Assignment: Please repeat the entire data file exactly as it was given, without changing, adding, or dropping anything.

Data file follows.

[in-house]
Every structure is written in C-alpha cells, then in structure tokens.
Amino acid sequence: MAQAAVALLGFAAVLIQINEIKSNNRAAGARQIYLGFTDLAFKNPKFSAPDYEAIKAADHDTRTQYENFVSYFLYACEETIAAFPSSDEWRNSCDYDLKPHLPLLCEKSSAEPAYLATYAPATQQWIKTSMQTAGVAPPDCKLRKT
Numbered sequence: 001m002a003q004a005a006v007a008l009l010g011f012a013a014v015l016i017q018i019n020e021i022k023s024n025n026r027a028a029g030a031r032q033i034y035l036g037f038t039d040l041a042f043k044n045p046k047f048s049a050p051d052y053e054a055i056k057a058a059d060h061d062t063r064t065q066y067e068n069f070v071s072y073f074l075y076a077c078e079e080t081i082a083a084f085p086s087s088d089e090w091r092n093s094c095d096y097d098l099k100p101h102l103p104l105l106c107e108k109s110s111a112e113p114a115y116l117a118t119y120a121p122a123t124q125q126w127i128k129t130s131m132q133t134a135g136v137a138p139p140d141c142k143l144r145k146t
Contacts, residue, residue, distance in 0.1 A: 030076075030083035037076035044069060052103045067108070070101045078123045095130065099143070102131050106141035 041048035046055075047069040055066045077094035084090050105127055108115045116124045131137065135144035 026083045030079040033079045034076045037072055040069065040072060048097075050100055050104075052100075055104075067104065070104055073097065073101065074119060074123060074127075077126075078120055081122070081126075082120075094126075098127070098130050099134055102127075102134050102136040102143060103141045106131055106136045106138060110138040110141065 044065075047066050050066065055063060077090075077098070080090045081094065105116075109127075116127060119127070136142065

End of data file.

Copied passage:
[in-house]
Every structure is written in C-alpha cells, then in structure tokens.
Amino acid sequence: MAQAAVALLGFAAVLIQINEIKSNNRAAGARQIYLGFTDLAFKNPKFSAPDYEAIKAADHDTRTQYENFVSYFLYACEETIAAFPSSDEWRNSCDYDLKPHLPLLCEKSSAEPAYLATYAPATQQWIKTSMQTAGVAPPDCKLRKT
Numbered sequence: 001m002a003q004a005a006v007a008l009l010g011f012a013a014v015l016i017q018i019n020e021i022k023s024n025n026r027a028a029g030a031r032q033i034y035l036g037f038t039d040l041a042f043k044n045p046k047f048s049a050p051d052y053e054a055i056k057a058a059d060h061d062t063r064t065q066y067e068n069f070v071s072y073f074l075y076a077c078e079e080t081i082a083a084f085p086s087s088d089e090w091r092n093s094c095d096y097d098l099k100p101h102l103p104l105l106c107e108k109s110s111a112e113p114a115y116l117a118t119y120a121p122a123t124q125q126w127i128k129t130s131m132q133t134a135g136v137a138p139p140d141c142k143l144r145k146t
Contacts, residue, residue, distance in 0.1 A: 030076075030083035037076035044069060052103045067108070070101045078123045095130065099143070102131050106141035 041048035046055075047069040055066045077094035084090050105127055108115045116124045131137065135144035 026083045030079040033079045034076045037072055040069065040072060048097075050100055050104075052100075055104075067104065070104055073097065073101065074119060074123060074127075077126075078120055081122070081126075082120075094126075098127070098130050099134055102127075102134050102136040102143060103141045106131055106136045106138060110138040110141065 044065075047066050050066065055063060077090075077098070080090045081094065105116075109127075116127060119127070136142065